Yesterday, I had the pleasure of presenting my co-authored paper, Social Software Design to Facilitate Service-learning in Interdisciplinary Computer Science Courses, at the 49th Annual Symposium on Computer Science Education (SIGCSE). The paper was a fun write that combined my research in social online social networks, interdisciplinary study and service learning. Below is the abstract:
Service-learning continues to play an increasing role in higher education as instructors look to incorporate high impact practices that challenge students through active and experiential learning. Yet limitations in learning management systems (LMS) can be barriers to service-learning project success. In this paper, we present an experience report on the design and implementation of an interdisciplinary service-learning course for computer science. We also present on the design and implementation of specialized social networking software as a mechanism to support service-learning across interdisciplinary computer science courses. More specifically, this research introduces customized social software, consisting of blogging, wiki and discussion software as tools for facilitating the specialized needs of these courses. These needs range from the ability for project management and milestone tracking, which are supported through wiki technology and messaging, self-reflection, which is supported through blogging and information exchange and knowledge sharing, which are supported through online discussion boards, social bookmarking and file-sharing. Results were largely positive, with a majority of students indicating that the course learning environment supported learning, collaboration and course community.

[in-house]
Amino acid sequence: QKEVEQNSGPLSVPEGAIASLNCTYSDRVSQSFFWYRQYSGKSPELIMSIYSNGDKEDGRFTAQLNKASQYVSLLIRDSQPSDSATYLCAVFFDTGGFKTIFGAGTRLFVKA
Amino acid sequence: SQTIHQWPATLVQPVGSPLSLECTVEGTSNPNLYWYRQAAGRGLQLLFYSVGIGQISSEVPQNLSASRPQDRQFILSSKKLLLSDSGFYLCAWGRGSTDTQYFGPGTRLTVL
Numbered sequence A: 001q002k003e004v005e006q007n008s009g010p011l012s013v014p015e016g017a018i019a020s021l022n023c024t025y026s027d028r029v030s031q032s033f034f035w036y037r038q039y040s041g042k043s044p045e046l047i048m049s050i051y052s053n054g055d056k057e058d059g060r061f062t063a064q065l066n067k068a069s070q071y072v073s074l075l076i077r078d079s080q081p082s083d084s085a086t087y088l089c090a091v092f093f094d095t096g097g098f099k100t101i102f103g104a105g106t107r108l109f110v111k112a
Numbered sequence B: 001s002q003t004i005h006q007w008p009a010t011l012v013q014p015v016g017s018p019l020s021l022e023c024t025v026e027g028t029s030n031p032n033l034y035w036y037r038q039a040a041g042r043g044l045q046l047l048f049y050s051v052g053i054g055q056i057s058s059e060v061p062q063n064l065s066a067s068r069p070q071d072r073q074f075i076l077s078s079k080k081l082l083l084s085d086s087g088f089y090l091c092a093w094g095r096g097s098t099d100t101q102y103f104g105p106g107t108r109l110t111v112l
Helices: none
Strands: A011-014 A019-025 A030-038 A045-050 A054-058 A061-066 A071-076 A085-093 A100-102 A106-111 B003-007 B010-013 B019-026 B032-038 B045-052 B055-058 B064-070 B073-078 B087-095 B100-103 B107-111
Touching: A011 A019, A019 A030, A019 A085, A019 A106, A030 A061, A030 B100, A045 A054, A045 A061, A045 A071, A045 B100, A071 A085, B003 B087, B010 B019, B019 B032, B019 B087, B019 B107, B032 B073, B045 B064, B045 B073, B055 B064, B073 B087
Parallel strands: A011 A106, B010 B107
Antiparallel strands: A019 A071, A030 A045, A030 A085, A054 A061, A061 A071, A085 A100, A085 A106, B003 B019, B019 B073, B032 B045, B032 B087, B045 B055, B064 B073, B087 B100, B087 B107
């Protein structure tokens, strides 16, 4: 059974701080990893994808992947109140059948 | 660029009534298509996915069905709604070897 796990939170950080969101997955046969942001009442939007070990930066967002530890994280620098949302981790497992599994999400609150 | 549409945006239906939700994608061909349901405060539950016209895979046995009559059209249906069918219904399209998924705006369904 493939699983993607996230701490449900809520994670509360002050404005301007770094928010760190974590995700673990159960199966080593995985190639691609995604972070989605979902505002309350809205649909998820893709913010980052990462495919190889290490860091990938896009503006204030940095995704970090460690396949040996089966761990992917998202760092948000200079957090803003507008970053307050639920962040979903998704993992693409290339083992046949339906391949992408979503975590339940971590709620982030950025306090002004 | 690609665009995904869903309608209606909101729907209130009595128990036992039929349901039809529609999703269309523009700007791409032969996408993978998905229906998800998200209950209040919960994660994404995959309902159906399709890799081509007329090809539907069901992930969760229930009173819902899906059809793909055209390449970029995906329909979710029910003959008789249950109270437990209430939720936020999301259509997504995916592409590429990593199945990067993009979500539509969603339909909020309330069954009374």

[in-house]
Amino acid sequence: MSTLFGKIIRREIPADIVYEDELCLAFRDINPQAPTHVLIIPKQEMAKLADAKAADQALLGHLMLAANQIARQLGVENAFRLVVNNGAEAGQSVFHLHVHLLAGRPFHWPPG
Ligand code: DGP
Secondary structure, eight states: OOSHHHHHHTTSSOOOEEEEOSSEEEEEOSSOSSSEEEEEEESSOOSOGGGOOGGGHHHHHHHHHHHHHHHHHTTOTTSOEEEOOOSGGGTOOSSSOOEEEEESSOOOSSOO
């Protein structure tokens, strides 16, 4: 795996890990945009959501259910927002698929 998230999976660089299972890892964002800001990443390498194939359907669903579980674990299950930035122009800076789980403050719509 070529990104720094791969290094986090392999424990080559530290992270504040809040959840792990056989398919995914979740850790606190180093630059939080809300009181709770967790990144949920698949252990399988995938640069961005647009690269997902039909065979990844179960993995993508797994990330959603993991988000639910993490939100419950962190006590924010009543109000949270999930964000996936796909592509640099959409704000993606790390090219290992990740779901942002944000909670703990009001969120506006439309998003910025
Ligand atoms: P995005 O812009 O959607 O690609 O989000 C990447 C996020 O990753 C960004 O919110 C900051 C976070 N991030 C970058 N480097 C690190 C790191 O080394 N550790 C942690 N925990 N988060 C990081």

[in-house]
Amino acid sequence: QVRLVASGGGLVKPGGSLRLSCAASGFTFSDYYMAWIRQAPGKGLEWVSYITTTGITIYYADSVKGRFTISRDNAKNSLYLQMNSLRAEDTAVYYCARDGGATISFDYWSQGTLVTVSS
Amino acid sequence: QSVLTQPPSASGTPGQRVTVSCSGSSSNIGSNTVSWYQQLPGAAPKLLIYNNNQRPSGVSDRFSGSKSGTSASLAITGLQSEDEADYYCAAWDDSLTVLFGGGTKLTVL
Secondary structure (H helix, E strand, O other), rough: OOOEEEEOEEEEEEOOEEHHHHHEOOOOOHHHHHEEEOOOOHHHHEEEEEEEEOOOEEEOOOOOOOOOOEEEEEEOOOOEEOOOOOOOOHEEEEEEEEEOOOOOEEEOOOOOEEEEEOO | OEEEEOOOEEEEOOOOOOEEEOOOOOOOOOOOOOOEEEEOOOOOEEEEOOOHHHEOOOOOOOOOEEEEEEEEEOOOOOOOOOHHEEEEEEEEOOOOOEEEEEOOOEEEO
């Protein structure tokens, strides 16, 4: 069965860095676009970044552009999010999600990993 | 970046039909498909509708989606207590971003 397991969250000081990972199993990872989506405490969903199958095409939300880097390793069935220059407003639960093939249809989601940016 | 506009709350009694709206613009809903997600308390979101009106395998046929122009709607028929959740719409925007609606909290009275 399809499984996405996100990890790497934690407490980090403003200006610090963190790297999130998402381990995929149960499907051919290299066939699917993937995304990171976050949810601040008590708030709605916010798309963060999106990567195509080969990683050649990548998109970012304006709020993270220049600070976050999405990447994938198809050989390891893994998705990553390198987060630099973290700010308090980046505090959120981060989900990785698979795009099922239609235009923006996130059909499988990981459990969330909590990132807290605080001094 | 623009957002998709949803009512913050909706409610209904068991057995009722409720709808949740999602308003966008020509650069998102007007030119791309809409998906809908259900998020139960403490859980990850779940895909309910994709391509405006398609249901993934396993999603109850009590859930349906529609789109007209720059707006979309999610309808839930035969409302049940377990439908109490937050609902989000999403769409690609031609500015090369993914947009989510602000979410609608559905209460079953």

Find out more about SIGCSE here: https://sigcse2018.sigcse.org/
B. Thoms, E. Eryilmaz. “Social Software Design to Facilitate Service-learning in Interdisciplinary Computer Science Courses,” Accepted for inclusion in the 49th ACM Technical Symposium on Computer Science Education, Baltimore, MD, Feb. 21-24, 2018.